Monday, October 1, 2012

Devils In The Details

Sunday's Double Take 'Toons feature on NPR dealt with polling and whether or not the numbers were what they purported to be. The second of the two cartoons was drawn by Milt Priggee, who, according to NPR: "thinks the economy is about to catch up with Obama's approval ratings." In the cartoon, a think black line plunges from charts near the ceiling straight through the floor, while a pair of pitchfork-wielding devils, complete with horns, hooves and tails, look on. "Number of employed or consumer confidence?" one asks, to which the other replies: "More like Obama's approval rating..." Many NPR readers pounced, noting that the Presidents approval rating was not, in fact dropping sharply. In the comments, one reader accused him of "living in a dream world," another said that the cartoon was "untrue to boot."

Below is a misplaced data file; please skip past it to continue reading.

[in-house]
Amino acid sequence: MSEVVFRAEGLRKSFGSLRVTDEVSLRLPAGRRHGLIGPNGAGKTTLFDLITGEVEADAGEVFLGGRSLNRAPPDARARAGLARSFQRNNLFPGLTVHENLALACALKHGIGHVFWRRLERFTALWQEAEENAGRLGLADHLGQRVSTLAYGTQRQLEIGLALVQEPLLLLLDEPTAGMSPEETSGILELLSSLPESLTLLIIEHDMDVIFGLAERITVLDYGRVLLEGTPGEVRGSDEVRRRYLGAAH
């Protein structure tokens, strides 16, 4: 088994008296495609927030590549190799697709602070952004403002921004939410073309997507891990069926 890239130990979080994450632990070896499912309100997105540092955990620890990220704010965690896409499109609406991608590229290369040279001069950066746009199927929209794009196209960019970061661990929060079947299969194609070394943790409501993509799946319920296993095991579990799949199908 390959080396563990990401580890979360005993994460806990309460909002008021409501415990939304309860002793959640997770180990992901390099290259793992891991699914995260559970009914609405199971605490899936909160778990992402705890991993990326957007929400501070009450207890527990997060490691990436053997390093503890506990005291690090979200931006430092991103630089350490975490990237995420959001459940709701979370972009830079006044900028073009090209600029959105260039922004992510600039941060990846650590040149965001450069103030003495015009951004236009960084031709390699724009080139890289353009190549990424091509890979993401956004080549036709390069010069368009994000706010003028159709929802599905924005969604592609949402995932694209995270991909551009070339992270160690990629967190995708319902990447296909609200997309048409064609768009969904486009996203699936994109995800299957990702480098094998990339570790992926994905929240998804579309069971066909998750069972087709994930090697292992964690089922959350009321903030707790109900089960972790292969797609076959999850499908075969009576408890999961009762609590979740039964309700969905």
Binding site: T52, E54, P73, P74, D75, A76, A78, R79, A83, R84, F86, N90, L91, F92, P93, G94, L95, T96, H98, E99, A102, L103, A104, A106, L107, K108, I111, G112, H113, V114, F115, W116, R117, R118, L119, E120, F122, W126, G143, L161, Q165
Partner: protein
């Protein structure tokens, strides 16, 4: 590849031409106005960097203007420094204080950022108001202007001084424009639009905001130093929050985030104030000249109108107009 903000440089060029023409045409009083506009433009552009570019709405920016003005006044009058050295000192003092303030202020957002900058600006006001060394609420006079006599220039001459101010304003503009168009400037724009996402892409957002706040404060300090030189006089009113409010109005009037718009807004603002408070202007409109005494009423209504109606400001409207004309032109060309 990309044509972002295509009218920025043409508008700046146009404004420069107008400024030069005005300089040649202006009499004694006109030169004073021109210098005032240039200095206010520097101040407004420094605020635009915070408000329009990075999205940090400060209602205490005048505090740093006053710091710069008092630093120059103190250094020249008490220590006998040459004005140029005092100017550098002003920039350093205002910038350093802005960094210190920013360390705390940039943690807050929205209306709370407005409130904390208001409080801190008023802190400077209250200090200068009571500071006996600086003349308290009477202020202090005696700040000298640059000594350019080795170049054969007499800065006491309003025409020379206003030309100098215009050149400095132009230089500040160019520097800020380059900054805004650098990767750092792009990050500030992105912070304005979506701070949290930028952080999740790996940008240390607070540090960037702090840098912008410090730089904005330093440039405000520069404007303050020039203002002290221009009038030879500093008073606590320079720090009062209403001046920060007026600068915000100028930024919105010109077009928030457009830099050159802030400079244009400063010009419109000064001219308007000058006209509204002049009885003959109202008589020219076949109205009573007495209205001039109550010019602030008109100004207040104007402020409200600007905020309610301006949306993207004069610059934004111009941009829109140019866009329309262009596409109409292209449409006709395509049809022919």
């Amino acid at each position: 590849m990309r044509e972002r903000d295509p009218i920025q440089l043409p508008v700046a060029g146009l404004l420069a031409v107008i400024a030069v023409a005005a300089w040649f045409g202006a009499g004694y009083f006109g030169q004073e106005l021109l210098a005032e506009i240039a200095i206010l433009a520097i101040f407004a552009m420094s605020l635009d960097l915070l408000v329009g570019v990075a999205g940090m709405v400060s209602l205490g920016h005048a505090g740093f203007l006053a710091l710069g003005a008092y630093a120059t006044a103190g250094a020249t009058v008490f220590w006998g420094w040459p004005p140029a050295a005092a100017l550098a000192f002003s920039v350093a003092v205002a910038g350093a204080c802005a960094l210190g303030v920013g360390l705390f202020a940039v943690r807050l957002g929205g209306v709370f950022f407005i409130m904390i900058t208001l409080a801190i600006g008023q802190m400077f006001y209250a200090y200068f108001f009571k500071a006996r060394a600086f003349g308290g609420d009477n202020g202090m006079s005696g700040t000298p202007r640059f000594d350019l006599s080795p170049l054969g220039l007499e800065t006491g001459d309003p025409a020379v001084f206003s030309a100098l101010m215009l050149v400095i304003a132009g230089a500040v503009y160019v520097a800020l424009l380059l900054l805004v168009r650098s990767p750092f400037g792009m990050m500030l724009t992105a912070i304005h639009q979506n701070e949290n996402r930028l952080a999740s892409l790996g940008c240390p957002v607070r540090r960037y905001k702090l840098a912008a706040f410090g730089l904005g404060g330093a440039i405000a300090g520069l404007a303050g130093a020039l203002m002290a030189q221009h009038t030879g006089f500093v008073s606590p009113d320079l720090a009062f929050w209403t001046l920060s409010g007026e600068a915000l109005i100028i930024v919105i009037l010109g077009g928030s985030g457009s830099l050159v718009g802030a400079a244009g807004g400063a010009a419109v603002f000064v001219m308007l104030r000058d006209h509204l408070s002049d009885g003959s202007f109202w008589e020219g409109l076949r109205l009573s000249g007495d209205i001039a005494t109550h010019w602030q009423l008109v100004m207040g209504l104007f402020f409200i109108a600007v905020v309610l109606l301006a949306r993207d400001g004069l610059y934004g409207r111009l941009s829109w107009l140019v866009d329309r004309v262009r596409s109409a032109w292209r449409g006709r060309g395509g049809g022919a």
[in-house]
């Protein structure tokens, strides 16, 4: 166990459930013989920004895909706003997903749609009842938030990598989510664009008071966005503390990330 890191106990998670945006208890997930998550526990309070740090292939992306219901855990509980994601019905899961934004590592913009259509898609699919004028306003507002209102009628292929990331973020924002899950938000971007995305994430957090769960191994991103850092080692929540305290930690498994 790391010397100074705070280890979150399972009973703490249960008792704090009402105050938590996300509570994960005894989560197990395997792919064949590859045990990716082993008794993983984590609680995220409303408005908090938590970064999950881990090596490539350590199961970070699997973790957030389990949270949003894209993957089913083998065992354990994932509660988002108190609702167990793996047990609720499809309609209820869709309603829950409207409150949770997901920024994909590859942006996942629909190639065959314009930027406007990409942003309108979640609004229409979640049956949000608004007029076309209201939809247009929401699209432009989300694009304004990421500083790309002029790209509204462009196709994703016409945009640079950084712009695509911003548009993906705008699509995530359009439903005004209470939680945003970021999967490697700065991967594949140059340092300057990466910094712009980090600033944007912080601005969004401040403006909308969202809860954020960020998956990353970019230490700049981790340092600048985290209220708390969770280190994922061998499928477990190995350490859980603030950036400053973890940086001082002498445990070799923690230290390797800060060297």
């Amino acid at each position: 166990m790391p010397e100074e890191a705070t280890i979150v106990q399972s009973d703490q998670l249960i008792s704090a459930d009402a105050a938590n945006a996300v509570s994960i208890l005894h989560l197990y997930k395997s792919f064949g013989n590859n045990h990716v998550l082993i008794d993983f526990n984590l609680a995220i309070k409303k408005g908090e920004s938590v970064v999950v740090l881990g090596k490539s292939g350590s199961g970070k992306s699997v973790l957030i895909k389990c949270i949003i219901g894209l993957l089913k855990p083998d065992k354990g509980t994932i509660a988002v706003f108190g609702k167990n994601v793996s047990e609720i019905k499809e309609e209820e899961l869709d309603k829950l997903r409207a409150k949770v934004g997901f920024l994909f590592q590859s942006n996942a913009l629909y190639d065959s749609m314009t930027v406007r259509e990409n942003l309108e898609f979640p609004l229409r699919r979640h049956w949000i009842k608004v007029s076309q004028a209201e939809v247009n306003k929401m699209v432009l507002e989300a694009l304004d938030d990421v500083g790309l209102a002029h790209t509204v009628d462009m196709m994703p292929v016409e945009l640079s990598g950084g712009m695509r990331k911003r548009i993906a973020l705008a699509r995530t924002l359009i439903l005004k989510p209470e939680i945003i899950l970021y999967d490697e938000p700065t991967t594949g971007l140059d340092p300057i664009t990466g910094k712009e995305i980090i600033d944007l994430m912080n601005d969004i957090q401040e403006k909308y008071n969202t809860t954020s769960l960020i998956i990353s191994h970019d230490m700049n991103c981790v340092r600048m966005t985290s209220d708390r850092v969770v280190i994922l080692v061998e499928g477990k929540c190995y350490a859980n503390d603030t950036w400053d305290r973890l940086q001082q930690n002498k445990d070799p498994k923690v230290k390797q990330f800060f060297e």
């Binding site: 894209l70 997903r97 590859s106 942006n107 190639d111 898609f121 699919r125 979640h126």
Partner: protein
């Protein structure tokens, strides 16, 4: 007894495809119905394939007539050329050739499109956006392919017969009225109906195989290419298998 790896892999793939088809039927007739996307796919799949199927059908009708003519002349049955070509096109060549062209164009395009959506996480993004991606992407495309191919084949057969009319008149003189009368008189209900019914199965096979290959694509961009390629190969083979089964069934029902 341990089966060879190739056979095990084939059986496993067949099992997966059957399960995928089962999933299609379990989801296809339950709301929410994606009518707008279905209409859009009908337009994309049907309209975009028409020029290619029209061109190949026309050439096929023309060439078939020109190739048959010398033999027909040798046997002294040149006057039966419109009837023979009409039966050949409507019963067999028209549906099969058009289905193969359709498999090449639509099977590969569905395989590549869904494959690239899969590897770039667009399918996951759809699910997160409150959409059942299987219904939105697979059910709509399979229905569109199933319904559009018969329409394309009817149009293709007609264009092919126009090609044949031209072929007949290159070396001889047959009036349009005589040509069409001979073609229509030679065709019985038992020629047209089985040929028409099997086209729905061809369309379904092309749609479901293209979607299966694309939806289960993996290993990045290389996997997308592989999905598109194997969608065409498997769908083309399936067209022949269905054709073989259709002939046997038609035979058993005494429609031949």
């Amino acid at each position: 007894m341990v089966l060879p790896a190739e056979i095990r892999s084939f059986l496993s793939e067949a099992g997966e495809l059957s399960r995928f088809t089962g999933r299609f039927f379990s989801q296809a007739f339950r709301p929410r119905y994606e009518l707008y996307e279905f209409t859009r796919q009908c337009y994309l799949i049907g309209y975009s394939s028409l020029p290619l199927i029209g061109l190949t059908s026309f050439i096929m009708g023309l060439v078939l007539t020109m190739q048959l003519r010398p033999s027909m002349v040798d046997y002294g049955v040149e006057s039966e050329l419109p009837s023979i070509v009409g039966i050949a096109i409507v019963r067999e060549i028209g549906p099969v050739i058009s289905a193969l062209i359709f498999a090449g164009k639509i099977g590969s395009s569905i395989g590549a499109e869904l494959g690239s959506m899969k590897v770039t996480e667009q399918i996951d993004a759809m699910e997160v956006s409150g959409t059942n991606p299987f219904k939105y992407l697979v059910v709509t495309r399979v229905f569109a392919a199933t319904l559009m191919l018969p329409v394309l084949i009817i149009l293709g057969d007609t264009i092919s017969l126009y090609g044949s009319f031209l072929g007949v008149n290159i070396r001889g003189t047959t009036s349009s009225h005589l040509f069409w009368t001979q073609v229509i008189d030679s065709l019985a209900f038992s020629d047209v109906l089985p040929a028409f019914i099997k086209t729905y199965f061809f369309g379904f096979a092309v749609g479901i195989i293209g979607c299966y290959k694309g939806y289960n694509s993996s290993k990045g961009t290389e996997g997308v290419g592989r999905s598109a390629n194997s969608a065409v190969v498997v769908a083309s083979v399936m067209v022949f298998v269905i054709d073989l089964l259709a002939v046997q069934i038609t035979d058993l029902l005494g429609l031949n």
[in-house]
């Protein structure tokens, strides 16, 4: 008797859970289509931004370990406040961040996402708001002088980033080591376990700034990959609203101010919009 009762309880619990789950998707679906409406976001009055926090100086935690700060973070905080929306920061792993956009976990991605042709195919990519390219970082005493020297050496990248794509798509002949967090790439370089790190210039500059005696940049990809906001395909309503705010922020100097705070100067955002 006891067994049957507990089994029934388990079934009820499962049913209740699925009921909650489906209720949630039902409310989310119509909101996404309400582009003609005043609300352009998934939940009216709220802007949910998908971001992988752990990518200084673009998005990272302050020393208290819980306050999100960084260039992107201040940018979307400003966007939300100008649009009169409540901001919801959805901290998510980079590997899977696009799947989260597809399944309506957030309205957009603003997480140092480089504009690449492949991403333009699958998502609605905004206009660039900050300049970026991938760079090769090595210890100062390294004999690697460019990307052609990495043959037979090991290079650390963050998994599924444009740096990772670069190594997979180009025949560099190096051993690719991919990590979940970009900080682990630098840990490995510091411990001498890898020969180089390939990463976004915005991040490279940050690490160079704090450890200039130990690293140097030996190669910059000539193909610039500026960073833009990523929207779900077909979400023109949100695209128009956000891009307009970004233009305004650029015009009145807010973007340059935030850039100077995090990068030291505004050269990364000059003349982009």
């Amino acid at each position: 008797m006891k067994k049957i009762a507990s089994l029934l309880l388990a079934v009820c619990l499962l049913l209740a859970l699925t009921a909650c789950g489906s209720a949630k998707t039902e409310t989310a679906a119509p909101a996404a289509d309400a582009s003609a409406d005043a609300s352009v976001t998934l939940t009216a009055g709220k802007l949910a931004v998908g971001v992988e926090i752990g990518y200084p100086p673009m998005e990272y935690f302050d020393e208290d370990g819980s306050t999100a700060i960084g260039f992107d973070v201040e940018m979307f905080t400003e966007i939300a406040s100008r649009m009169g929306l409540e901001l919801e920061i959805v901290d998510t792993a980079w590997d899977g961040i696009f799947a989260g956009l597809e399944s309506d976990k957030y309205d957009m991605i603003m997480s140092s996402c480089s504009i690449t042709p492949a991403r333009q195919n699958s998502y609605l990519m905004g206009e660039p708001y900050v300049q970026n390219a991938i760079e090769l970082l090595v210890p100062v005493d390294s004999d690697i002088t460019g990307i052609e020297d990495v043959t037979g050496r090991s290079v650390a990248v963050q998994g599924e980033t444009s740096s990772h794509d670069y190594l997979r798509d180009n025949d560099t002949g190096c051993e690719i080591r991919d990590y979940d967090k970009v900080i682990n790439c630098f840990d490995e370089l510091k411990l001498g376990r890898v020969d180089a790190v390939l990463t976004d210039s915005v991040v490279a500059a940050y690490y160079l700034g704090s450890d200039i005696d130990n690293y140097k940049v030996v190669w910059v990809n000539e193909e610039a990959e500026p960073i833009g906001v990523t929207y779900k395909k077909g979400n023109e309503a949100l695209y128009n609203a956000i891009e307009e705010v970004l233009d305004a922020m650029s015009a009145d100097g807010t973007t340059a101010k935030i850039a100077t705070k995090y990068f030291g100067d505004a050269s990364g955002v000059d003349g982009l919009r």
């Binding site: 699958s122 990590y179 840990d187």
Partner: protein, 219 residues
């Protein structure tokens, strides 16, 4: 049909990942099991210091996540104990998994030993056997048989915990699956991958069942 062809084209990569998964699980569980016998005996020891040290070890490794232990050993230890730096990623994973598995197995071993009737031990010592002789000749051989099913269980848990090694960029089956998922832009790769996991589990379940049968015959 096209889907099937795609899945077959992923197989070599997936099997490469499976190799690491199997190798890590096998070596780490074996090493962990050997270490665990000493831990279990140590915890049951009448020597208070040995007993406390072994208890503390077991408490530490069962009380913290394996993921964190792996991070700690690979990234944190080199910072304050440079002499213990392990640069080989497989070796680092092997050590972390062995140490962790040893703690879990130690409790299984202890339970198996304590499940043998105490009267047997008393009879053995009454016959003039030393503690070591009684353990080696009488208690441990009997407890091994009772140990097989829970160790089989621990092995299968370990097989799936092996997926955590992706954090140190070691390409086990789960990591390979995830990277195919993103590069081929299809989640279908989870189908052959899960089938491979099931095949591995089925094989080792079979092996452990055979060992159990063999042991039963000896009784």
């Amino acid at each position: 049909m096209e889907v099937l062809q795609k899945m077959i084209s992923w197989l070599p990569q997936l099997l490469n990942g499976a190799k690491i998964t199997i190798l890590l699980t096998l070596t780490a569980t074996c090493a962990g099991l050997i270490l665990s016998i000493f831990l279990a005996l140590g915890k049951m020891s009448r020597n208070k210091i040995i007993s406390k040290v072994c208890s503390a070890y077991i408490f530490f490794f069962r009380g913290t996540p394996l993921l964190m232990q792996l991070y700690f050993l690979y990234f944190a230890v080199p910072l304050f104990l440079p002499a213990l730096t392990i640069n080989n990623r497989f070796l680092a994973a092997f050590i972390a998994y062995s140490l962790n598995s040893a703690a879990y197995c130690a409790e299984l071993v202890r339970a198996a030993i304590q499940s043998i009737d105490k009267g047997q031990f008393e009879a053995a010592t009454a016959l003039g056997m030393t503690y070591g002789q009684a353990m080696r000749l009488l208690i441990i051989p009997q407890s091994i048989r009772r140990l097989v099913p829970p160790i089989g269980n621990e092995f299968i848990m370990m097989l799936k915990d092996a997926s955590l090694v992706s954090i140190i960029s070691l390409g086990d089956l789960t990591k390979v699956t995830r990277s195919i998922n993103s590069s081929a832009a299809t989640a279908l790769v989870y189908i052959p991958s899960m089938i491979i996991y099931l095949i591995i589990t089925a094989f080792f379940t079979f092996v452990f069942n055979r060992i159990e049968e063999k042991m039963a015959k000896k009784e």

There's only one problem. The cartoon in question is not current. It was published 25 months ago, back in 2010. By most measures, two years is quite some time. In politics, it's an eternity, especially considering that this would have been only several weeks prior to the 2010 midterm elections, when the Democrats famously took a "shellacking" at the hands of Republican candidates.

Even after this was pointed out to NPR, the description remained unchanged, and people continued to vote up incorrect criticisms of Milt Priggee. NPR should have made clear that the cartoon was not recent, rather than present a featured cartoonist as either incompetent, or a partisan hack. (It should be noted that unlike many political cartoonists, Mr. Priggee freely goes after all parties, calling them as he sees them without regard to party or ideology.) Inaccurate journalism is worse than useless because it gives people an understanding that they are informed about something, while leaving them functional ignorant about it.

People have short memories, and so this will quickly be forgotten, in the grand scheme of things. But in the meantime, it's another reminder that a constant skepticism concerning information is always a useful tool.

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